One of the most famous jolly giants in the world of sports is John Madden. Although Madden certainly fits the bill physically, humor is not at the helm of his strengths and his attempts over the years have driven many away. The very first Thanksgiving broadcast on which Madden dissected the parts of a turkey with his teleprompter on the Detroit Lions' sideline was somewhat amusing. But the same act year after year simply became as annoying as those that claim to have played Texas Hold ‘Em for many years before the release of Rounders.
However, the aggravating aspects of Madden's act in the booth should not overshadow one of the truisms about football by which he swears: it all starts with the offensive line. Very true, John — not funny, but certainly accurate.
For Penn State, 2005 brought joy to fans who were gasping for a non-losing season. An 11-1 record and a victory in the Orange Bowl not only satisfied their hunger, but also brought renewed pride to a program that many left for dead. However, the long wait is over and with the season closing fast, the pivotal question remains at the surface:
The new conception that State only delivers a competitive team every three years passed inspection with flying colors in 2005, but the real test is forthcoming. Although it is not plausible for Joe Paterno to mend the broken hearts that bled during the losing seasons of 2000, 2001, 2003 and 2004, he certainly has the power to make sure that this time, the ship has been permanently righted.
Love Madden or hate him, his pearl regarding the group of men assigned to block and protect is crucial to Penn State's success in 2006. The offensive line on any football team is the unit that will either serve as the anchor to a great season or the conduit to a dreadful one.
That is certainly not new information.
What is new, however, is the way Paterno runs his empire. The icon will never go into detail about the changes, but they are certainly visible. Even more than giving Tom Bradley and Galen Hall vast control, there are subtle differences within the program that further convey how the legend has changed.
The fact that he spoke with the media after this most recent recruiting class signed their letters-of-intent is evidence enough. In the past, the mere mention of freshmen players, let alone young men who were still six months away from even obtaining freshman eligibility, was blasphemy for anyone under Paterno.
"We don't make any comments about freshmen," former offensive coordinator and assistant head coach Fran Ganter said in 1999. "We totally stay away from commenting about our recruiting class."
But in early 2006, Paterno smiled and answered questions. Ganter is another signal of recent change. Once perceived as the heir to the throne, he moved into an administrative position following the 2003 season after serving as Paterno's right-hand man for many years.
So by the most basic definition of the Commutative Property, it would make sense that if changes can and already have taken place, it is both possible and likely that more important ones are on the horizon.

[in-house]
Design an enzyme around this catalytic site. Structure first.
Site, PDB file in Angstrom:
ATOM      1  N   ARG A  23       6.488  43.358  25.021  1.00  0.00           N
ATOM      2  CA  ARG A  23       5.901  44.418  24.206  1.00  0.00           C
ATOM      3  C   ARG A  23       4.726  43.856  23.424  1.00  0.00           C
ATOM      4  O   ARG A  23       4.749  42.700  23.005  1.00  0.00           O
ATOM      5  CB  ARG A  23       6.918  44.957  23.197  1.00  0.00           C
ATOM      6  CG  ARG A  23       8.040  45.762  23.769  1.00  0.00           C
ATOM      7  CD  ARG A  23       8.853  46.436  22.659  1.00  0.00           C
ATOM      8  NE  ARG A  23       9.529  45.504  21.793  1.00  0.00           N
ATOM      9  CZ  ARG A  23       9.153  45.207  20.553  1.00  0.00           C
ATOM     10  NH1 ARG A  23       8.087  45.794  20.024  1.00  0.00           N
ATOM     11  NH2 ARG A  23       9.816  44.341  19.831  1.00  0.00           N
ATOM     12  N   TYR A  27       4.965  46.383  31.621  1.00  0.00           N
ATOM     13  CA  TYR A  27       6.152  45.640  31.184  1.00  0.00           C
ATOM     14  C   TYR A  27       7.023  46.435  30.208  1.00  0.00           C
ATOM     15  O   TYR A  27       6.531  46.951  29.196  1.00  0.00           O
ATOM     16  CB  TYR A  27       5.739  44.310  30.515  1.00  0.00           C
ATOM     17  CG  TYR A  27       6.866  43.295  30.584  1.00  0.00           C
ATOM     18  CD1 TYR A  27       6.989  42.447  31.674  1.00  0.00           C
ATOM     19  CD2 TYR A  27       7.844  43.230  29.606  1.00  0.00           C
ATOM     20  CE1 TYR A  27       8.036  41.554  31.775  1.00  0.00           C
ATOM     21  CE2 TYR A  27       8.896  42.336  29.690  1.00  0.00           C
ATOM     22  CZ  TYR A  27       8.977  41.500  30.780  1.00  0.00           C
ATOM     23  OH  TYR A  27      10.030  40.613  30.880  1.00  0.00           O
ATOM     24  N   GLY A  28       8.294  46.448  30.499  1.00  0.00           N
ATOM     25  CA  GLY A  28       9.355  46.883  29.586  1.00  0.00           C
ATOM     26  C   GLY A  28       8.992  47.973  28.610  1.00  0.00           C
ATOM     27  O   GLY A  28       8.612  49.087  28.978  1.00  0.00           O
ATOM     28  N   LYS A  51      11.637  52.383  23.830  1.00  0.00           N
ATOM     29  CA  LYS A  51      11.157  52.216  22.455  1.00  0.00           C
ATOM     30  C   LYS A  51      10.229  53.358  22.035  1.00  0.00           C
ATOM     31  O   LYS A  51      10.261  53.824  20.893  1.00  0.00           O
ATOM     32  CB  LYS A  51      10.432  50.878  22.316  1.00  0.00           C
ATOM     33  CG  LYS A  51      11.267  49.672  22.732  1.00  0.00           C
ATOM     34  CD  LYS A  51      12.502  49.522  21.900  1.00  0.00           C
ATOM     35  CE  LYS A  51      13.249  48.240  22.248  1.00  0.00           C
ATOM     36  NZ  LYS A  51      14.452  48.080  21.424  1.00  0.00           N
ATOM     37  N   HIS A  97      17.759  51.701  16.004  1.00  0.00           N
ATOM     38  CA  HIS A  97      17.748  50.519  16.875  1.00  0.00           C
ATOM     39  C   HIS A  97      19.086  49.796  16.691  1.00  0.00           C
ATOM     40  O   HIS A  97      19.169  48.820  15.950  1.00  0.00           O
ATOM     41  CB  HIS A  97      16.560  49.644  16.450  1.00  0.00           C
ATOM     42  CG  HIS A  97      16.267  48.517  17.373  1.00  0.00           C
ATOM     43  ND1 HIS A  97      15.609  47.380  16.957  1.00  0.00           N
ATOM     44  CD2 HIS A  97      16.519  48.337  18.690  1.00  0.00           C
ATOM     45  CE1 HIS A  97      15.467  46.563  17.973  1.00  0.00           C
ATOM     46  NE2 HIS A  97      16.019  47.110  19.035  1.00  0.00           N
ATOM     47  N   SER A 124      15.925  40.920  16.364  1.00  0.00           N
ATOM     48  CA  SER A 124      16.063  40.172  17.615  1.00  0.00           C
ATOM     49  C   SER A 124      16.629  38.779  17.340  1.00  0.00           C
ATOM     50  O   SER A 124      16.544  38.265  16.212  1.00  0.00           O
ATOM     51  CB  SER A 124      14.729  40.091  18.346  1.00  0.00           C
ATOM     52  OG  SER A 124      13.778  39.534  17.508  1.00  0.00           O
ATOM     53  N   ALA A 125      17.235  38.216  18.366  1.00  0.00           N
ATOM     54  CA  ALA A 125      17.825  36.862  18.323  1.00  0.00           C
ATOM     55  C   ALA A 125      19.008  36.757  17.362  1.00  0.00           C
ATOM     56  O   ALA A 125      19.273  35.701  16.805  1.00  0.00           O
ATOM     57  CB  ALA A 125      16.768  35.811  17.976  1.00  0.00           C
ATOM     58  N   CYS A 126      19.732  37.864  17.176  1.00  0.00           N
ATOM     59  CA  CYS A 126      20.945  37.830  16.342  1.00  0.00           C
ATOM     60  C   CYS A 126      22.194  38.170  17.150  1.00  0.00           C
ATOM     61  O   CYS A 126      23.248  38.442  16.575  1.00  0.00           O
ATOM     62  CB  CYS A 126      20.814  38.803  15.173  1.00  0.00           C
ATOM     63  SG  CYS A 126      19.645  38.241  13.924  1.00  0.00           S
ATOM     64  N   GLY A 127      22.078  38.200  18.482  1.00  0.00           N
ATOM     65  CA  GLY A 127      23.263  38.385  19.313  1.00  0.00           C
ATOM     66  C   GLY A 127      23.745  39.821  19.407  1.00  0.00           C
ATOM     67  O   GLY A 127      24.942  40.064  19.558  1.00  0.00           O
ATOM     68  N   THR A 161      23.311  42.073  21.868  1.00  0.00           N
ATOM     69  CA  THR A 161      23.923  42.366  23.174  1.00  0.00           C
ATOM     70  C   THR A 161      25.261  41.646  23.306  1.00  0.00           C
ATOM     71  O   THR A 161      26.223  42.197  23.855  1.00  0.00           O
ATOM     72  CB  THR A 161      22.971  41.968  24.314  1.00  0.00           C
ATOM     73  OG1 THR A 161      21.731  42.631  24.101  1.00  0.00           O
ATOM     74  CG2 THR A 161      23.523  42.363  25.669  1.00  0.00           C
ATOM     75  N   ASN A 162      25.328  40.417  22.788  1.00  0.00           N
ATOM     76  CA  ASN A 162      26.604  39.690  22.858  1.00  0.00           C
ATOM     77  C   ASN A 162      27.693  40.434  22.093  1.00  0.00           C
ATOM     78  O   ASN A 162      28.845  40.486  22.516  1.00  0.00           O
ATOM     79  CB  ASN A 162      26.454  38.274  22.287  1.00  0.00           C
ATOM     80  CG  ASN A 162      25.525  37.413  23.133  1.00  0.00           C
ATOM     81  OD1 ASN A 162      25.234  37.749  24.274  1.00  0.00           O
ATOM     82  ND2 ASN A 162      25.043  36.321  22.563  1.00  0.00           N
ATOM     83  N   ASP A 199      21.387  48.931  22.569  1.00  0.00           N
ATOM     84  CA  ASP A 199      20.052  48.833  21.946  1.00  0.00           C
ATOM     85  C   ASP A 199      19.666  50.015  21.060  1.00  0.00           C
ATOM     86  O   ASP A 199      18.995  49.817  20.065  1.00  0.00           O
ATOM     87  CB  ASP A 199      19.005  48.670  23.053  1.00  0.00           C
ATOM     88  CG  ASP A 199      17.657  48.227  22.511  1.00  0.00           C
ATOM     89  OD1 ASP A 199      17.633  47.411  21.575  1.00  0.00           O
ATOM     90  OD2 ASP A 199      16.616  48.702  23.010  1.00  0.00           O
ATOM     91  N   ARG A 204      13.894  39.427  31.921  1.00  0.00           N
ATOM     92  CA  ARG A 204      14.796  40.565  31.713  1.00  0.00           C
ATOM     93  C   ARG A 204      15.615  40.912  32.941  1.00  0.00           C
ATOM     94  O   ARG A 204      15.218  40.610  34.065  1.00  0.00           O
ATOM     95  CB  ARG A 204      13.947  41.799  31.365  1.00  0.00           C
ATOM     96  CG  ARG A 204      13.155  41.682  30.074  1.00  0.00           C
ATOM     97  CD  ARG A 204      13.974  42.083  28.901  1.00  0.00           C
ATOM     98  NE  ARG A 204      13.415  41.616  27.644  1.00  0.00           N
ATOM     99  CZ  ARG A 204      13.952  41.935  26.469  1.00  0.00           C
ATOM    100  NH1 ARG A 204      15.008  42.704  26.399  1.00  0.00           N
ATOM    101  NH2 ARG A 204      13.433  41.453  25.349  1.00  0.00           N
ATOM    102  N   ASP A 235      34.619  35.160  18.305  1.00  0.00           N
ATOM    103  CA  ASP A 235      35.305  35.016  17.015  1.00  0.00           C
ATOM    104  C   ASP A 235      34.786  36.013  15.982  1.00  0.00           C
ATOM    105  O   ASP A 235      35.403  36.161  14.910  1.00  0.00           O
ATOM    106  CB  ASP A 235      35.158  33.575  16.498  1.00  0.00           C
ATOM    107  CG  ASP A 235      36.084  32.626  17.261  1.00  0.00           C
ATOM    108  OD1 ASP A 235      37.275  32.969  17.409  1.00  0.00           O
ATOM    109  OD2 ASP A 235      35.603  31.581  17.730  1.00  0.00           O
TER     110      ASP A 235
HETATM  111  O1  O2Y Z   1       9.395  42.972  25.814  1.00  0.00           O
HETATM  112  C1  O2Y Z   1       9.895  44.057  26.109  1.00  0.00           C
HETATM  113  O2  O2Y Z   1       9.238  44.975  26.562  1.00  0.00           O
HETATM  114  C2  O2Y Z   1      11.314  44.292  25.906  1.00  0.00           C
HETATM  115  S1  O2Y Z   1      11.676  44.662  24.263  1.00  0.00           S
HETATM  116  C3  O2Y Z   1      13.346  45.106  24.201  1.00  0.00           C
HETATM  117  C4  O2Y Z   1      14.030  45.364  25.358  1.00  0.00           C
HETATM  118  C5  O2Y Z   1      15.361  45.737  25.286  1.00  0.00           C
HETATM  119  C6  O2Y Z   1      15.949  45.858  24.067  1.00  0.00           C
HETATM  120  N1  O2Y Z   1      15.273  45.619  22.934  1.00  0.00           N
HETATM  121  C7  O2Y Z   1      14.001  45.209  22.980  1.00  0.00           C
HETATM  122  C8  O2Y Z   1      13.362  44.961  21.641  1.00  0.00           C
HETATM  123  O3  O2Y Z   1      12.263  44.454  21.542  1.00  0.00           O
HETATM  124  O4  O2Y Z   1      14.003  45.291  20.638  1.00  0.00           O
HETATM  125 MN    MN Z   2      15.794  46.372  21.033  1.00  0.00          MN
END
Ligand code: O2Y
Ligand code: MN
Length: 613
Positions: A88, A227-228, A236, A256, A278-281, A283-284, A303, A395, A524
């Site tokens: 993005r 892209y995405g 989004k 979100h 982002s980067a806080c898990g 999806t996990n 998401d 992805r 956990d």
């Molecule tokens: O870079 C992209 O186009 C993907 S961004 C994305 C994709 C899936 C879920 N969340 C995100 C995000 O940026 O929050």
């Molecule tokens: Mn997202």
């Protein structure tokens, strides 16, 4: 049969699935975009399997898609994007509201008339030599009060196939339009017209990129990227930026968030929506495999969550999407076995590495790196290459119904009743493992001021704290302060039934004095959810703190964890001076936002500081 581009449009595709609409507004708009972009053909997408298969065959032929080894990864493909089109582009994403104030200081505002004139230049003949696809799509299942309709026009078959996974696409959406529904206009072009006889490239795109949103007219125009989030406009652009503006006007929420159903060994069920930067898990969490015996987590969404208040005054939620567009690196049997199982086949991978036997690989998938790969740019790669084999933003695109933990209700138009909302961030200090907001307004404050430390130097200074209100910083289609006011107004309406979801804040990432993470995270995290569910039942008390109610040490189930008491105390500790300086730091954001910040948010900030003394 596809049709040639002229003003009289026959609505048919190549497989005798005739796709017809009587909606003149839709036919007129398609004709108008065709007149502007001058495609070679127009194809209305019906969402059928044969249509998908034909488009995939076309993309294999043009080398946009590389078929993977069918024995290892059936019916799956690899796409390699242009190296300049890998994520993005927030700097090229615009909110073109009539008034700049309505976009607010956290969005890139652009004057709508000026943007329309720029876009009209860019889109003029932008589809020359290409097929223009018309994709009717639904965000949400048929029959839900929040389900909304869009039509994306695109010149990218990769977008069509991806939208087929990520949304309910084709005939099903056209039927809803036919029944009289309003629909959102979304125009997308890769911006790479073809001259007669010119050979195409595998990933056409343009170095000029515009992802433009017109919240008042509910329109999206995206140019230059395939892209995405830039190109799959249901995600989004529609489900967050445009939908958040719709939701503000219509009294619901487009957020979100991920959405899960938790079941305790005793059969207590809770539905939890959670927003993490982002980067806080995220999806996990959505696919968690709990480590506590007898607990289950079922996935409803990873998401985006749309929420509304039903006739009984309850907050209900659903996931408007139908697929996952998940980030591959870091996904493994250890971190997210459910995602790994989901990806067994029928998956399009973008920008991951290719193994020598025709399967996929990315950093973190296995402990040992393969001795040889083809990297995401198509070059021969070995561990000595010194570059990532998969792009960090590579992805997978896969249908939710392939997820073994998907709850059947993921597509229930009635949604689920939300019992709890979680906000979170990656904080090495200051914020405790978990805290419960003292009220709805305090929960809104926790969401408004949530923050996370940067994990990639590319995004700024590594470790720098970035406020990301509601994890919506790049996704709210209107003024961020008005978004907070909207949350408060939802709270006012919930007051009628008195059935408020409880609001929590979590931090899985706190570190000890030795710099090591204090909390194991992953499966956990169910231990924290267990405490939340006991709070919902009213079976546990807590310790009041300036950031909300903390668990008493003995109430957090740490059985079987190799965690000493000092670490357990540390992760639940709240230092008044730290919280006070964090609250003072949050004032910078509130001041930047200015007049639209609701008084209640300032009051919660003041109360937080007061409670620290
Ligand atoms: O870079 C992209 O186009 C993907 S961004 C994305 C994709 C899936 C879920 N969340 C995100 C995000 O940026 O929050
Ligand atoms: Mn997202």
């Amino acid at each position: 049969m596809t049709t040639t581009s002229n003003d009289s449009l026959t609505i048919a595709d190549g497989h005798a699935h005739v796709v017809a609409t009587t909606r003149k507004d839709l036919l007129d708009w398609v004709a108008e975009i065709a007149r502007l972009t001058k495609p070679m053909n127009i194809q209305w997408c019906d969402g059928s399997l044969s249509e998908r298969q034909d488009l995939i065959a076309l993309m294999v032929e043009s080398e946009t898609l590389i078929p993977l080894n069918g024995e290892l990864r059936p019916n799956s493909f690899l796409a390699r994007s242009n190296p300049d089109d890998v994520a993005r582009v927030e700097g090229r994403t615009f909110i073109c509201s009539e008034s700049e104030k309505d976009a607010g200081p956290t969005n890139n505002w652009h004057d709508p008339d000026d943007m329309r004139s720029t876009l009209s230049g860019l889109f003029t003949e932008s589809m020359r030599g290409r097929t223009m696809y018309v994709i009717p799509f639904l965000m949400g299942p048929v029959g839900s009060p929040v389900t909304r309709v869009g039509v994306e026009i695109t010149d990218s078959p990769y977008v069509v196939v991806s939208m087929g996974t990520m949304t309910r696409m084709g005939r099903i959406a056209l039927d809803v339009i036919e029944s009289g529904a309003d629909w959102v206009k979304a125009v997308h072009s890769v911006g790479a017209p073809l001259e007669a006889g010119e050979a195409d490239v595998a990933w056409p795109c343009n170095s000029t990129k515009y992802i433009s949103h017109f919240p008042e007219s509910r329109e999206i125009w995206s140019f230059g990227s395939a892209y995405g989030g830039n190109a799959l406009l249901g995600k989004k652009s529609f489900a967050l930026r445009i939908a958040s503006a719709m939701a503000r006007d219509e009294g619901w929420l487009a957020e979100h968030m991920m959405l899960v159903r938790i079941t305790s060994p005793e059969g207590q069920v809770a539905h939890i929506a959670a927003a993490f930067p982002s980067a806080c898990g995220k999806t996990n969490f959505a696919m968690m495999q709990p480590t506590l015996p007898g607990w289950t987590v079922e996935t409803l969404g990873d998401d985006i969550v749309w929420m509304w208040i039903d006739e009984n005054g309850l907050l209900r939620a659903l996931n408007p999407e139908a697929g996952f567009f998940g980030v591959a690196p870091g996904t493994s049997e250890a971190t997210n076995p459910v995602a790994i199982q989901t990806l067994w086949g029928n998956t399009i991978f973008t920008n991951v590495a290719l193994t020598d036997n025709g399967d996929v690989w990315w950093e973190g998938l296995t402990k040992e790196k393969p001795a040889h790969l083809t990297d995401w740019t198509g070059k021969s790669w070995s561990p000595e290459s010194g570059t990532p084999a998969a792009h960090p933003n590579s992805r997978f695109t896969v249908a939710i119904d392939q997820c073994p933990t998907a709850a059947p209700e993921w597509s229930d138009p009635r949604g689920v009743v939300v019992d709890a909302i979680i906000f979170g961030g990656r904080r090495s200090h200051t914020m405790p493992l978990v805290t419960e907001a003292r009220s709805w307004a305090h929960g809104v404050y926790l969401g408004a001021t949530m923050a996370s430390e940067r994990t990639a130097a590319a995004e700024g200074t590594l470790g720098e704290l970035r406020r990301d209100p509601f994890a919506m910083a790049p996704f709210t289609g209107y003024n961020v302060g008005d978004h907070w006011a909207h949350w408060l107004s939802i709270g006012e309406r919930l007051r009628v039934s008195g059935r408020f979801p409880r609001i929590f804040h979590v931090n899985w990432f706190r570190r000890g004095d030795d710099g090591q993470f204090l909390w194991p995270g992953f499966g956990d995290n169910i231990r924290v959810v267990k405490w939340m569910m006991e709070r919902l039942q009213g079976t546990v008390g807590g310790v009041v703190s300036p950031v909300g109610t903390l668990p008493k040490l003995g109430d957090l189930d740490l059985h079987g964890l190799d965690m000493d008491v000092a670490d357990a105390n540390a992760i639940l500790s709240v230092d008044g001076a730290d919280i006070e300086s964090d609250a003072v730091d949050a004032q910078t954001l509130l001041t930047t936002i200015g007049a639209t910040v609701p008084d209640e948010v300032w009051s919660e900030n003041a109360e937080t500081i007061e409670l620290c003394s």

This is a program that should compete for the Big Ten title every single season, not every three years. A fix only comes when the problem is recognized, and it is imperative that Paterno address the reasons why recently, it has taken him three years to rebuild an offensive line after the majority of the previous season's senior-laden unit graduates.
Other programs — Michigan, Florida State and Oklahoma to name a few — simply plug sophomores and juniors into the open spots and before the beginning of the conference schedule, the group gels and has already memorized intricate blocking assignments.
After a good season in 1999, the next two seasons were vile. After the good season of 2002, the next two were even worse. Paterno has been in the business long enough to realize that the road to success begins up front. So why wasn't he able to build decent offensive lines for the two seasons that followed both 1999 and 2002?
If you dare say recruiting, hold your breath. The influx of talent over the past six or seven years has been very solid, certainly good enough to assemble a competitive line. The contention that the fault lies with the recruiting experts is ludicrous. Some will offer that the incoming freshmen were simply overrated, so the fact that they struggled to earn their weight in gold is due to the faulty high expectations from the outset. There will always be a few top-rated players who fail to live up to expectations, but most of the time, the ratings are rather accurate.
Mark Farris signed with Penn State in February of 2002 as the ninth-ranked offensive line prospect in the nation. Certainly it was expected that Farris would become an important member of the five-man unit after the 2002 ensemble graduated. At present, even more of a disappointment than the lack of relevant snaps that Farris has registered over the past several seasons is the fact that, entering his senior year, he is barely even mentioned as a candidate for a starting position in 2006. The following recruiting season saw Paterno land Joel Holler, a highly touted offensive tackle who chose PSU over the Miami Hurricanes and Ohio State. After failing to gain even a sniff of the three-deep, Holler packed up and transferred to the University of Delaware.